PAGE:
Star Wars: The Clone Wars: “Nomad Droids”
October 15, 2011 3:49 pmJason Ward
Tonight’s episode of the The Clone Wars, Nomad Droids was an exercise in absurdity. After this episode, it is safe to say the series has done it all with the droid odd couple. There was a kinetic energy to the entire show that worked perfectly. In a few words, I felt like I know what Artoo and Threepio were doing for all those years after Revenge of the Sith. While last week’s episode was a fairytale, Nomad Droids was a Star Wars tale drawing from Gulliver’s Travels, Willow, and The Wizard of Oz. While Star Wars, as a collective personality has a lot of depth, mystique, and conflict, there has always been another side to that personality which is full of eccentricities and absurdities. "Nomad Droids" focused on the latter and it felt fresh and fun even though there was a lot of classic lines reused, a pet peeve of mine, although the writer’s finally did it appropriately.
After last week’s tale, an “adventure beyond their comprehension,” the droid heroes found themselves aboard Adi Gallia’s Republic Star Destroyer, homeward bound, hoping to avoid a Separatist attack, which of course they won’t. They speak to their master via hologram and relay bits of the absurd adventure we saw last week to her. Just as they learn their next job is supervising a senatorial banquet, the kind of boring things Threepio probably loves, the ship is blasted by the Separatist forces. With their main reactor hit, everyone aboard the ship is forced to evacuate and our Star Wars story begins.
As the ship is only moments from certain destruction, with the main reactor hit, we see clones dashing through the halls. The running looked a little awkward, as if the running stance designed for barging into a group of droids was being used. It looked rather awkward compared to the animation we have seen since season three. However, the scene was quickly saved by the kind of homage I enjoy most. Artoo and Threepio in a corridor, in the midst of battle is a definitive Star Wars experience. Threepio’s comment of “did you hear that?” clearly harkens back to the first time we met them in A New Hope. This kind of homage is classy and fun, and much better than the type of throwback lines we saw we have seen in the recent episodes. And most importantly, the homage pertained to the plot and movement of the story while being something Threepio would actually say.
There is a brief scene with Adi Gallia fighting General Grievous. Every time we see her fight Grievous, I have to stop and ponder, if this is it for her. As far as this series is concerned, her fate is uncertain. She was in The Phantom Menace but they used another actor for her in the Attack of the Clones, due to the apparent changes, the lookalike became a new character. So Adi has always been killable since she first stepped into the series. She has fought Grievous before, but she survived and I thought they were feeding her to Grievous as death fodder both times. In this sequence, as she faces off against him, we see her thrown back just Obi-Wan in Revenge of the Sith. But he is Obi-Wan Kenobi and she is Adi Gallia, a character with an uncertain fate. The droids see this conflict as their opportunity to make a run for it.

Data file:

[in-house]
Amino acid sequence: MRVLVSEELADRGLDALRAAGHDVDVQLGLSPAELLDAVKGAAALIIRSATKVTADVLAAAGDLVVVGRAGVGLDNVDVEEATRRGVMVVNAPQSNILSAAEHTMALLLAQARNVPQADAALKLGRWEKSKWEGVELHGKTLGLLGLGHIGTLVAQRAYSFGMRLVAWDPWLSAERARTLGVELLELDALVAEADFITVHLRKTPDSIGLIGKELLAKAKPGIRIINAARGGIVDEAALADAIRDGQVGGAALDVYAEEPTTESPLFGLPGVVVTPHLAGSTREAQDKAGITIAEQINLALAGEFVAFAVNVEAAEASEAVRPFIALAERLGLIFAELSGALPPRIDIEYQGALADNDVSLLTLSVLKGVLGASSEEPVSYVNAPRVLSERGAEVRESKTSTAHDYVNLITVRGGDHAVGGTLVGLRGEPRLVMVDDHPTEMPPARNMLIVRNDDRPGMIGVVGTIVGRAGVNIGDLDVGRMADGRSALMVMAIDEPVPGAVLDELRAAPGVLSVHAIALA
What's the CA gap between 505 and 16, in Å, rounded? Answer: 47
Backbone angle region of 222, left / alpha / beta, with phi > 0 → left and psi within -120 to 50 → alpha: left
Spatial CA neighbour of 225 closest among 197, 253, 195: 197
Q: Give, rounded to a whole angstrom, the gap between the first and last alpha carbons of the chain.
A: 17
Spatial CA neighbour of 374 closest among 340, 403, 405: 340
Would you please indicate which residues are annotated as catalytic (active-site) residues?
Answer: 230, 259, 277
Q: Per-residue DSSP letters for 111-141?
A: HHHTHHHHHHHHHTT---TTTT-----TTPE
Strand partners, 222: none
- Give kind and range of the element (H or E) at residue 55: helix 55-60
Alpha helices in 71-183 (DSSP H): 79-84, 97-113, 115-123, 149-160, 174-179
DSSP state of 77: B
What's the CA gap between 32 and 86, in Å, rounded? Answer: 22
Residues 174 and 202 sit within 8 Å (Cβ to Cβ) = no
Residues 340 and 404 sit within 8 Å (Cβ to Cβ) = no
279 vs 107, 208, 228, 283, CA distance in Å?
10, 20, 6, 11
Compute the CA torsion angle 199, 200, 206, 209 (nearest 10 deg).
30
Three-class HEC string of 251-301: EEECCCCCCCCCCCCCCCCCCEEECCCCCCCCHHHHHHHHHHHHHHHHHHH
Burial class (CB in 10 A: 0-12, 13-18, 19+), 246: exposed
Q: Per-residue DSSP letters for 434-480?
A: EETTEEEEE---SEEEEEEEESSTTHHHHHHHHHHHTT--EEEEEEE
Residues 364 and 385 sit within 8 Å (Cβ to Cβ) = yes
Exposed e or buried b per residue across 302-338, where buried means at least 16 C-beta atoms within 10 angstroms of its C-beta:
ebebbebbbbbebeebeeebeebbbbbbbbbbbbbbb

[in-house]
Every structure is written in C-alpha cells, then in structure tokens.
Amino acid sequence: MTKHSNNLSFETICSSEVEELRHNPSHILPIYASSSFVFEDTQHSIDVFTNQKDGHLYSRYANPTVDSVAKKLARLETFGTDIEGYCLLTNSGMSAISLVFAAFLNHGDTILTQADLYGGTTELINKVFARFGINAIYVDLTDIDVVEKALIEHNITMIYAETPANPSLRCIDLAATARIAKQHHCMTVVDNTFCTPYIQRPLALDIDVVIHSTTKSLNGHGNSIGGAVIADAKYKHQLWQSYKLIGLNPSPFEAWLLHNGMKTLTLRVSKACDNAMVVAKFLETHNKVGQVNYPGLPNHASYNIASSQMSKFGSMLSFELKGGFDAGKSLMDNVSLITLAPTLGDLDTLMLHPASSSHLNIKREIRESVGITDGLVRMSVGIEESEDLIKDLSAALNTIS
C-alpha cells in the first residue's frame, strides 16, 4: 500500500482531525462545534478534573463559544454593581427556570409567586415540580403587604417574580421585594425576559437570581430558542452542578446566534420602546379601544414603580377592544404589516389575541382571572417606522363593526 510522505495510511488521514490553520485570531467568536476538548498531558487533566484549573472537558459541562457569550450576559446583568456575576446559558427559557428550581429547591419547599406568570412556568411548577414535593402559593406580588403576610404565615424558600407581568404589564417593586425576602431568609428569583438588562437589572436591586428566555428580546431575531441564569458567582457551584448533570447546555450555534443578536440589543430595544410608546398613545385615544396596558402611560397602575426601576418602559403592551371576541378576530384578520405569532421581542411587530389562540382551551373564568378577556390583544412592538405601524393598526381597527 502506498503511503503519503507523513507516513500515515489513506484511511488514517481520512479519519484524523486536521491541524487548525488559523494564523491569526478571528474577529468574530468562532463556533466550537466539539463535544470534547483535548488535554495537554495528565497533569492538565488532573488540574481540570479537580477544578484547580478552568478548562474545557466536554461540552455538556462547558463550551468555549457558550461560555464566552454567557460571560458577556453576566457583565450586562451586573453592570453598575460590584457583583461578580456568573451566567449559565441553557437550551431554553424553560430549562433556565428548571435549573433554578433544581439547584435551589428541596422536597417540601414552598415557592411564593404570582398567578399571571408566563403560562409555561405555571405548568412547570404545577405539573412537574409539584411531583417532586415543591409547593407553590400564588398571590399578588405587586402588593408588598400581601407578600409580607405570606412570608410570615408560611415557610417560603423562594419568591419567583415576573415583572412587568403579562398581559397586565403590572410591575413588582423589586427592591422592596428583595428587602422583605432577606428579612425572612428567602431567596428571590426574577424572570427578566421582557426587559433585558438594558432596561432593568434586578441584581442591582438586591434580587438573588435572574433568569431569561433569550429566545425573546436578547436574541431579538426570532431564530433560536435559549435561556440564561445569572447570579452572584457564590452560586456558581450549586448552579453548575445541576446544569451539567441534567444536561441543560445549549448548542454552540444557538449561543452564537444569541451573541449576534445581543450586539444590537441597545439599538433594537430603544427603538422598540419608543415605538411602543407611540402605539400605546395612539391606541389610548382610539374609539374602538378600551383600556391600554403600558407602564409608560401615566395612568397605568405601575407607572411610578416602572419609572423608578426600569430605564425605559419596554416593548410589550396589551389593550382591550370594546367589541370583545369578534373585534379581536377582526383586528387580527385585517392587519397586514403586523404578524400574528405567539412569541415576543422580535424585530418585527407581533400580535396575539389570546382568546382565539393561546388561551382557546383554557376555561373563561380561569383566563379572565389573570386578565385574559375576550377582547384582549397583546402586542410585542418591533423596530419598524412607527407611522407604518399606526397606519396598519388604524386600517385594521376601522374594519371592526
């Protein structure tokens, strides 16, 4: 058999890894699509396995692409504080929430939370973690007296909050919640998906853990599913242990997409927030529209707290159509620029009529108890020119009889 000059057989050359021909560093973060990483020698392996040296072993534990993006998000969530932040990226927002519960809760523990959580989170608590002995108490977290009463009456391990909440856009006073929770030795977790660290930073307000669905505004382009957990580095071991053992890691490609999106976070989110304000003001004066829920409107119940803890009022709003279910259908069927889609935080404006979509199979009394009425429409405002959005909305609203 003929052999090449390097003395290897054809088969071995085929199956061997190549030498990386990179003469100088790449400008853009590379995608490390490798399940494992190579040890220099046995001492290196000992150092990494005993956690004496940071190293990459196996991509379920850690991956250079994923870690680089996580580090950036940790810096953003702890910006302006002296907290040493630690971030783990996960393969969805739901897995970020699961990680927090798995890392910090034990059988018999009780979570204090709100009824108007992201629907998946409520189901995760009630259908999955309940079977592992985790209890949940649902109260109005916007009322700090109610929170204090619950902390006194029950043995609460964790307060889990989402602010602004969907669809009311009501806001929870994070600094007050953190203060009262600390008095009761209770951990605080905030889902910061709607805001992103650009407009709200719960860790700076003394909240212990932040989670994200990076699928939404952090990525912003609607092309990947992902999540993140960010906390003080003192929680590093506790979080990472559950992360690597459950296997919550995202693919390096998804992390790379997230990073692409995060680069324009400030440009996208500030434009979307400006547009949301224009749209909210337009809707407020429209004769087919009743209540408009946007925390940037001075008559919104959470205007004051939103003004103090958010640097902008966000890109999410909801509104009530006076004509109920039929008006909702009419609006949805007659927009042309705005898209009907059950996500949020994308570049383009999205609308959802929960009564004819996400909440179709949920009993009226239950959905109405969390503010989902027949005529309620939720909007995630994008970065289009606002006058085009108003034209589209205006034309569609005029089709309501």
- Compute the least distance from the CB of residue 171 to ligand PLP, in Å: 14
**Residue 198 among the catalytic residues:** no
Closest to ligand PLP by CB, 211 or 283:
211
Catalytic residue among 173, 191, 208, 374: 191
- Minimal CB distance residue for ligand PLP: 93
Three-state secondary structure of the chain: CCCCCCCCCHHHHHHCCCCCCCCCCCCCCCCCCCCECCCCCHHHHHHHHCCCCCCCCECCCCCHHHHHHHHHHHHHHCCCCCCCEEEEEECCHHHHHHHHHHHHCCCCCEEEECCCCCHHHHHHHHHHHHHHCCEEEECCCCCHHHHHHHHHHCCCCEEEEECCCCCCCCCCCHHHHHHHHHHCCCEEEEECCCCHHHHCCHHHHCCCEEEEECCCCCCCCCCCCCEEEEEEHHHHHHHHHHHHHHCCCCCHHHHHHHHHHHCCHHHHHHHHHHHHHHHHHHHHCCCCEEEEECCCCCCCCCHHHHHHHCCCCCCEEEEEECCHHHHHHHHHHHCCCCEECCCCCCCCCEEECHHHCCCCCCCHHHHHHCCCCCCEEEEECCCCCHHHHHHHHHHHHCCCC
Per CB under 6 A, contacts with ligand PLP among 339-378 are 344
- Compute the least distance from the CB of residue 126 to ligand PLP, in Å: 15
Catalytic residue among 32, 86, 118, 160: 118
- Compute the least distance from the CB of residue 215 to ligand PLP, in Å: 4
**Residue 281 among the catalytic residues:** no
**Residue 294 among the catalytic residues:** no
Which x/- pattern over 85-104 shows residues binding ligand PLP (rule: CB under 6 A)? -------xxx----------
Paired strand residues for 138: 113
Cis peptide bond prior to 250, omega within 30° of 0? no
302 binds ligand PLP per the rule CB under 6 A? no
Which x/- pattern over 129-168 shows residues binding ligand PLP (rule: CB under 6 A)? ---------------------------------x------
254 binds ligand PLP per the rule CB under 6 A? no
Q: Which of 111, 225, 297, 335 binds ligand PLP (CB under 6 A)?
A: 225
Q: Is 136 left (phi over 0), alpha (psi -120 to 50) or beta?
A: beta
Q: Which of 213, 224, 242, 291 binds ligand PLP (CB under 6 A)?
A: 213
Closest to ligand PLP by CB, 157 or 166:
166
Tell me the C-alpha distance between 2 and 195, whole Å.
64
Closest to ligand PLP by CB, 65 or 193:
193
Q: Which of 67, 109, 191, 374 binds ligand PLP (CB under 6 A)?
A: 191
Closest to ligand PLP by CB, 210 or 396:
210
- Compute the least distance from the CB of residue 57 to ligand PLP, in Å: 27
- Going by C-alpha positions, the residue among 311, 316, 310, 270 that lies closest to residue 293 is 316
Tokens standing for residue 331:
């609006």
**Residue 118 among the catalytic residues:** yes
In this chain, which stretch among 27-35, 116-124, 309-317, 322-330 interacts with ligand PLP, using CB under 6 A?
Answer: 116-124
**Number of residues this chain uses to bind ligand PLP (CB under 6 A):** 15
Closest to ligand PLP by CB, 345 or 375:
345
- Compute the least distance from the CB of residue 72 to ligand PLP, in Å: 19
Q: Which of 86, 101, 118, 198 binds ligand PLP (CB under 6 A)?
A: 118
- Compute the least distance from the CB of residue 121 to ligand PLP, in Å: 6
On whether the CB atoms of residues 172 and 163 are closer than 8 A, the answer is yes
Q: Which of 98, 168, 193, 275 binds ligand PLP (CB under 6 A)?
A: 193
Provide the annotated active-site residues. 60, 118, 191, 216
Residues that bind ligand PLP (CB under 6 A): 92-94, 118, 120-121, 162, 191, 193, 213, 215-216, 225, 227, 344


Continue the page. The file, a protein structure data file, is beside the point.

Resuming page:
I have always loved it when Artoo is a jerk. There is something about him fighting old Yoda, shocking Ewoks, and trash talking Threepio that makes him a heroic jerk. Another astromech droid, just like him is attempting to board a Y-Wing fighter and Artoo just bustles in, pushes him out of the way and takes his seat, probably leaving him for dead. It is very clear how Artoo would have behaved on the Titanic. He is the Billy Zane of robots. Threepio cannot just get in of course; he has to chastise Artoo because a Y-Wing is not an escape pod. Artoo answers by blasting off, throwing Threepio into his seat, officially beginning leg two of all droid tour through The Clone Wars. Like The Wizard of Oz, this is the storm that propels our heroes on their adventure as they seek a place to hide which sends them on a great adventure, again.
I’m a sucker for space battles. I enjoyed the shots as the Y-Wing departed the failing Star Destroyer. We follow them through the action. It was a little bit like the opening of Revenge of the Sith, but there was a freshness to it. It was not just riffing on that sequence alone. Threepio practically has a nervous breakdown. But we follow them through the battle, seeing what they see from the droid perspective. I also enjoyed the subtleties of the sequence, that as Artoo pilots the ship through the battle, they shot him off kilter, exactly like they do in The Phantom Menace when he and little Ani pilot the N-1 into battle. It is stylistically comprehensive. However, this time Artoo is outclassed as a pilot by a vulture droid that pursues the duo relentlessly all the way into the clouds below the planet’s atmosphere, finally shooting them down. But not before Artoo does some smart flying, losing the vulture droid in the cloud cover and blasting it to smithereens, getting the last word.